TODAY’S FAYRE – Sunday 14th August 2016
“The last year’s leaves are on the beech:
The twigs are black; the cold is dry;
To deeps beyond the deepest reach
The Easter bells enlarge the sky.
O ordered metal clatter-clang!
Is yours the song the angels sang?
You fill my heart with joy and grief –
Belief! Belief! And unbelief…
And, though you tell me I shall die,
You say not how or when or why.
Indifferent the finches sing,
Unheeding roll the lorries past:
What misery will this year bring
Now spring is in the air at last?
For, sure as blackthorn bursts to snow,
Cancer in some of us will grow,
The tasteful crematorium door
Shuts out for some the furnace roar;
But church-bells open on the blast
Our loneliness, so long and vast.”
Sir John Betjeman – poet Laureate – 1932-1963
At last, just like millions of others, I am really getting in to the Olympics. Though Super Saturday did not quite have the same glitz that London’s effort provided four years ago, Great Britain seems to have come out of Brazil 2016 as Head of the River with many rowing medals and unquestionably ruler of the Veladrome! Also, what a fantastic effort by Mo Farrow to win 10k metres having fallen over and to Jessica Ennis-Hill for her valiant effort in the heptathlon in winning the silver medal and to the unlucky Greg Rutherford for his bronze in the long-jump! Were Andy Murray to beat Juan-Martin Del Potro to win the tennis that would be the icing on the cake for the weekend! Also Justin Rose may not be out of the golf either!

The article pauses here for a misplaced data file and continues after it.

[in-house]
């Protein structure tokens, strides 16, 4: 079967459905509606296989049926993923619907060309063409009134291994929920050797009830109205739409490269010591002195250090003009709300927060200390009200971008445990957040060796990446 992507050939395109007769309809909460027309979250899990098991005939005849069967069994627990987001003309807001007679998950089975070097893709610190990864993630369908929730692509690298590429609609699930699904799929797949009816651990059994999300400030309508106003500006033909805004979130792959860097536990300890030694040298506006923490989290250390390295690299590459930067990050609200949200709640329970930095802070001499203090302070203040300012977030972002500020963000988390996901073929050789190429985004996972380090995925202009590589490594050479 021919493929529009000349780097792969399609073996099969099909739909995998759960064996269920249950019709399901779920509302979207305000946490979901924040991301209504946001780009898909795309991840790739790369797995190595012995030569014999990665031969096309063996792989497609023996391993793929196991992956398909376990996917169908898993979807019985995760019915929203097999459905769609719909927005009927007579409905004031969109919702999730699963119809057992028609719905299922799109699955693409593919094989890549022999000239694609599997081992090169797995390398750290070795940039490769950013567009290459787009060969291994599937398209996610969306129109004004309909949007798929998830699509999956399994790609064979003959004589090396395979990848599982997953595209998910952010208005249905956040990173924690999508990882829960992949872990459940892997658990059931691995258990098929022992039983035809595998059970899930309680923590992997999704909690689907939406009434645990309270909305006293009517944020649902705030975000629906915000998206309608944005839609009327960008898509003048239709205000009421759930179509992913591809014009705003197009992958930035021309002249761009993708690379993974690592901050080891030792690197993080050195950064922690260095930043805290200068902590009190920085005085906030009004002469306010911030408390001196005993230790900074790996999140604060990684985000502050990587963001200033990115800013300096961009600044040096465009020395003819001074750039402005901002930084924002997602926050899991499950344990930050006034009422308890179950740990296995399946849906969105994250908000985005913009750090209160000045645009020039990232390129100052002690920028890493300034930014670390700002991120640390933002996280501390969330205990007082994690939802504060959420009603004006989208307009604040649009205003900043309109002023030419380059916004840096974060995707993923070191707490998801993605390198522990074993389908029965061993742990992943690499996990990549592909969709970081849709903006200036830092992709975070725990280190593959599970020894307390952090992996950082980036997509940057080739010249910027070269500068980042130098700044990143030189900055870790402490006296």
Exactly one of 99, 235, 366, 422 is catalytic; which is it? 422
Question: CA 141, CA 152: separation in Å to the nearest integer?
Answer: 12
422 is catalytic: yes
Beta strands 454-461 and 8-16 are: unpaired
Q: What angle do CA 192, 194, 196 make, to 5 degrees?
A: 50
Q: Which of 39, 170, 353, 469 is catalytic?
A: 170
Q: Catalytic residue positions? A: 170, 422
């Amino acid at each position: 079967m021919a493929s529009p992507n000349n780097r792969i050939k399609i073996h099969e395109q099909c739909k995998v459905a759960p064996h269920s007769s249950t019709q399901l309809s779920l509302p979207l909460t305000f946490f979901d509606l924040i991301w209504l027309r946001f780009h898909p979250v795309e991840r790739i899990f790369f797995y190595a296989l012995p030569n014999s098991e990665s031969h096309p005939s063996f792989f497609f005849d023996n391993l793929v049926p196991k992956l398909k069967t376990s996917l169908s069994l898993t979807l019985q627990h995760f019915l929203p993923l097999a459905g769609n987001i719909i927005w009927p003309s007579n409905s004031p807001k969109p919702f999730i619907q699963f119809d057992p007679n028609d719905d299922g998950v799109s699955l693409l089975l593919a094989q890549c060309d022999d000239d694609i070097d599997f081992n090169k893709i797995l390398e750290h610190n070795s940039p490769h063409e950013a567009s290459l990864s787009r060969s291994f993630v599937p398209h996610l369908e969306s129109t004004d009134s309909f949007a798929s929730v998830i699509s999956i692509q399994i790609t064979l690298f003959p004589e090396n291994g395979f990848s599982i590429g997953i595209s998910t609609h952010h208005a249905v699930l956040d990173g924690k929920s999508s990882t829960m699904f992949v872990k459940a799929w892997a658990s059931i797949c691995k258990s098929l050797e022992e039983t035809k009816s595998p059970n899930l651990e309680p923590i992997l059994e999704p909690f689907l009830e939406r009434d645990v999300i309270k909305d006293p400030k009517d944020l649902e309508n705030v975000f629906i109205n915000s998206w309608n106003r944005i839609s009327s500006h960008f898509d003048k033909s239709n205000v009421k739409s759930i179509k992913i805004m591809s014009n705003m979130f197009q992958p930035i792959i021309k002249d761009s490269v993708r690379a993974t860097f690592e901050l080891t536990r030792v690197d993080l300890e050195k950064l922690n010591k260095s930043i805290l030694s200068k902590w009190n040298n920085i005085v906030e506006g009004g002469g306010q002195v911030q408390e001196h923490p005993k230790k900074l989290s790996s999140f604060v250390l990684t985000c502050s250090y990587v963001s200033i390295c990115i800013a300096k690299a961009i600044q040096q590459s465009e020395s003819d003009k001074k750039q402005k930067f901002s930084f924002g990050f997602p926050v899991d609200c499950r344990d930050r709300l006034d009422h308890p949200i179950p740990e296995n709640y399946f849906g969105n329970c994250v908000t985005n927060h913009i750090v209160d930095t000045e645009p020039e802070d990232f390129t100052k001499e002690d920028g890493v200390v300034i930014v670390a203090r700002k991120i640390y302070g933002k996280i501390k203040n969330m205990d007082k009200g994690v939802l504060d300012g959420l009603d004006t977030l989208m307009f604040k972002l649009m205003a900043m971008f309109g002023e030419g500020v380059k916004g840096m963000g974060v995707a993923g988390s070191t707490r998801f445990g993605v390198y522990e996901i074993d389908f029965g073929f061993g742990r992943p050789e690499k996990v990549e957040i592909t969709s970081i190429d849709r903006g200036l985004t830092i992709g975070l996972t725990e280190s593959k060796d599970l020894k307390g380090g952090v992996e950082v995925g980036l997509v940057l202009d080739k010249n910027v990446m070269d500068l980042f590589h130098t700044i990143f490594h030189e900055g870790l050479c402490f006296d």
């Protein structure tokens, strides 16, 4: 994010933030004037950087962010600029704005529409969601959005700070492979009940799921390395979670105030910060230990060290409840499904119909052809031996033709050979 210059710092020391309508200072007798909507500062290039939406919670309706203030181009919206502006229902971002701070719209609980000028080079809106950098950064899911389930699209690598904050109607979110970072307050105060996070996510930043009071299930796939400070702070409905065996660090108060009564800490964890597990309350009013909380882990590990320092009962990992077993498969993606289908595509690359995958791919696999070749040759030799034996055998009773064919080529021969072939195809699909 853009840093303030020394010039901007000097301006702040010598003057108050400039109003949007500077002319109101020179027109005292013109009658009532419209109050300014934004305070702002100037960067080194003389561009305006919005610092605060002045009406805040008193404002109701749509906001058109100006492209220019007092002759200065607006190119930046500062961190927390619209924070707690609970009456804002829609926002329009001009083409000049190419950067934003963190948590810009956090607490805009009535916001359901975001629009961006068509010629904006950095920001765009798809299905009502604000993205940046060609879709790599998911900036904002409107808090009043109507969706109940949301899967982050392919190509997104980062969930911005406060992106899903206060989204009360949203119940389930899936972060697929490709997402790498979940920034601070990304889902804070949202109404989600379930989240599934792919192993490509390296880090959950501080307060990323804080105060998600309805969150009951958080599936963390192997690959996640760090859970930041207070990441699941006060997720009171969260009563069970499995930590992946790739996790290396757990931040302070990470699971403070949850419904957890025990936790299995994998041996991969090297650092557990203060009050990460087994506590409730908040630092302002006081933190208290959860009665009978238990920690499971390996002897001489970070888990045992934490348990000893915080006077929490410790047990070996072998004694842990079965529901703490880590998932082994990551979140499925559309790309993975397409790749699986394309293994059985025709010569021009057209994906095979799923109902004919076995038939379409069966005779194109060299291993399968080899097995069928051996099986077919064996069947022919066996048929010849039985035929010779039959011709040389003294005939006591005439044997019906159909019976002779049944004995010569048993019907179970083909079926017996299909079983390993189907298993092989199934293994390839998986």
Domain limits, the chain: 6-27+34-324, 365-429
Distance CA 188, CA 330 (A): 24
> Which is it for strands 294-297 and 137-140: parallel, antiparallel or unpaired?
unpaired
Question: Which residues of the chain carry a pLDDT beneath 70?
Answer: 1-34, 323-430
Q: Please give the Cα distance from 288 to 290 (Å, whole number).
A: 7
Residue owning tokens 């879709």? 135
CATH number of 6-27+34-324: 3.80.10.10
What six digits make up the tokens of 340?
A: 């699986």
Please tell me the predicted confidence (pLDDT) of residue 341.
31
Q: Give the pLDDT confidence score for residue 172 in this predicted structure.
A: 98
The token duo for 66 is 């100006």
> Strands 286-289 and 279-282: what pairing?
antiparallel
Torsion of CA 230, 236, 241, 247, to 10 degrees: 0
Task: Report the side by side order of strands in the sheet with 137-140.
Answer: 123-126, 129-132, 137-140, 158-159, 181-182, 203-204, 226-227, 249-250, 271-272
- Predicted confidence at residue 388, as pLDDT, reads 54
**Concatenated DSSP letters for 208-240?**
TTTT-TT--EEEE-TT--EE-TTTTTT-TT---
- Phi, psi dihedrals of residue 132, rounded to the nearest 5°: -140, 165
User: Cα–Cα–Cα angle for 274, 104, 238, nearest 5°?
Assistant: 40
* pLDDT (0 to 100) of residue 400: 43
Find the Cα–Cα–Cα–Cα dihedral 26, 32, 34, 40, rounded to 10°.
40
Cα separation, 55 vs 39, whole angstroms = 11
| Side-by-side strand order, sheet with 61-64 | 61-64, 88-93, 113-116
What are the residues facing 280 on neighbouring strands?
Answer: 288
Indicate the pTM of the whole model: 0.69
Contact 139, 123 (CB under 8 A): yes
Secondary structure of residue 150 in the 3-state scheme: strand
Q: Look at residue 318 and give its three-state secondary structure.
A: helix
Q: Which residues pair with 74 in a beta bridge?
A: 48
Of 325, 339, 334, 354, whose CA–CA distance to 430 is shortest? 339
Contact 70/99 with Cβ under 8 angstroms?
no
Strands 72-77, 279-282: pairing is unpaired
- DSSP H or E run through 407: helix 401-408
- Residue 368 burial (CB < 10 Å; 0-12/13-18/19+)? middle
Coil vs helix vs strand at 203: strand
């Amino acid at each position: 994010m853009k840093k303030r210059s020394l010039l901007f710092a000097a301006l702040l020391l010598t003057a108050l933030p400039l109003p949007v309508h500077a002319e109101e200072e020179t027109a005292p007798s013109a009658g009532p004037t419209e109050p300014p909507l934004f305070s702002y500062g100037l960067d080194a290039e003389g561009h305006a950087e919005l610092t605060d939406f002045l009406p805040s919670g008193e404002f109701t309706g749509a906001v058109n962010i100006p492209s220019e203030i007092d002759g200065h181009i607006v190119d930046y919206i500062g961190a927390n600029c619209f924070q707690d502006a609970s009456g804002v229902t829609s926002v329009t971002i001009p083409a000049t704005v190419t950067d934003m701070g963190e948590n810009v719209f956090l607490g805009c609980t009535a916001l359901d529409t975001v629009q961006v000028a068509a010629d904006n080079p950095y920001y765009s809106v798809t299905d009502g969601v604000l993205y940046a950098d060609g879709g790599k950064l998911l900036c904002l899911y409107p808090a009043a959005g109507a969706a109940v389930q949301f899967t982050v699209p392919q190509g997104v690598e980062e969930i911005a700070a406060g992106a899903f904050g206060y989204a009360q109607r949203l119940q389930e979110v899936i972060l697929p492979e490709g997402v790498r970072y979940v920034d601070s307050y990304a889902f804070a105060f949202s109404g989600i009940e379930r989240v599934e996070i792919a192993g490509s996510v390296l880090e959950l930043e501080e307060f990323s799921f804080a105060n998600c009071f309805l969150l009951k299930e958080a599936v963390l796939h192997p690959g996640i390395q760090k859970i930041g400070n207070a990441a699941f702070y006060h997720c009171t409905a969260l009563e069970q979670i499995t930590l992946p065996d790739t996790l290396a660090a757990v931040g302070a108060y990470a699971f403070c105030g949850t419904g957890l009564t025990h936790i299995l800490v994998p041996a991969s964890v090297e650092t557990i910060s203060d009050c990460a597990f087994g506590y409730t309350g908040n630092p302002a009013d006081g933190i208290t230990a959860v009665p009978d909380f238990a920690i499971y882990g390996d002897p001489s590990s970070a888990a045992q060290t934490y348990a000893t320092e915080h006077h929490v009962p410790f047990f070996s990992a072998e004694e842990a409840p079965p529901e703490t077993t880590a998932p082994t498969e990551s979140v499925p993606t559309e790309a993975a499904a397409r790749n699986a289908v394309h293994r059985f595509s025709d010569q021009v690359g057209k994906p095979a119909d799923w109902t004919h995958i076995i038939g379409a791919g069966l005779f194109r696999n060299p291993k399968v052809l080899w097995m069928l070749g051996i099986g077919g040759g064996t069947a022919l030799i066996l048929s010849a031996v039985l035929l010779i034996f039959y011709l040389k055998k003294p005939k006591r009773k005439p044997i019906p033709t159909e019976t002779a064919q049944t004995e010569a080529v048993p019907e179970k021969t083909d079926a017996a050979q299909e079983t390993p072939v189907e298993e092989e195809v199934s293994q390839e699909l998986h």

A long-awaited visit to Sissinghurst Castle was finally made this weekend. This former home of Harold Nicholson and Vita Sackville-West, now in the loving care of the National Trust, probably has the most stunningly beautiful gardens imaginable, made all the more magical by the fact that August is not a great month for gardens. Never in all my born days have I ever seen such an array of stunning wild flowers – breath-taking!
On Thursday I proffered an opinion on a possible, though in many people’s thoughts, an unsatisfactory out come to the Presidential election – the idea that Donald Trump could win. I was updated by another equally good contact who made the following comments-
“Donald Trump was recently seen at an event in Virginia last week. He was not particularly impressive, he’s losing mental traction and I don’t ultimately believe he has enough personal desire to stay on top of his game. Clinton may not be particularly likable, but she is focused, disciplined, and I think crucially: she has a very large and capable team. She basically has to NOT mess up and she should be comfortably across the line. Yes, there are a lot of bitter Caucasians in America who will vote for him. But he’s fast losing Republic women who are better at turning up on the day – and this time will simply stay away from the polls. Without them, he’s “toast”.
Post BREXIT the prophets of doom and a whole coterie of great economic luminaries are forecasting a bone shattering fall in the level of economic activity here in the UK. They believe that growth here in Old Blighty will fall like a stone. They are also of the opinion that there will be a ratcheting up of inflation to nudge 3% by the end of next year, with unemployment estimated to rise from 4.9% to 5.5% by the end of 2017. The Pound has also fallen by 14% since 23rd June plus the fact there has been a Base Rate cut 0.25% by the MPC. Consequently Gilt yields have fallen off the cliff – 10- year yields from 1.50% to 0.54%. Though not desirable according to BOE Governor Mark Carney, investors took a brief peek at negative interest rates in 2019/20 gilt maturities, just after the introduction of the fresh £70 billion QE facility. Yet despite this very unattractive prognosis for the future the FTSE 100 has risen like the proverbial grilse from a temporarily low of 5750 on 24th June to 6916 – up by a staggering 20% or from the close at 5982 – up 15.6%. Against that economic background that is a phenomenal rally by any standards.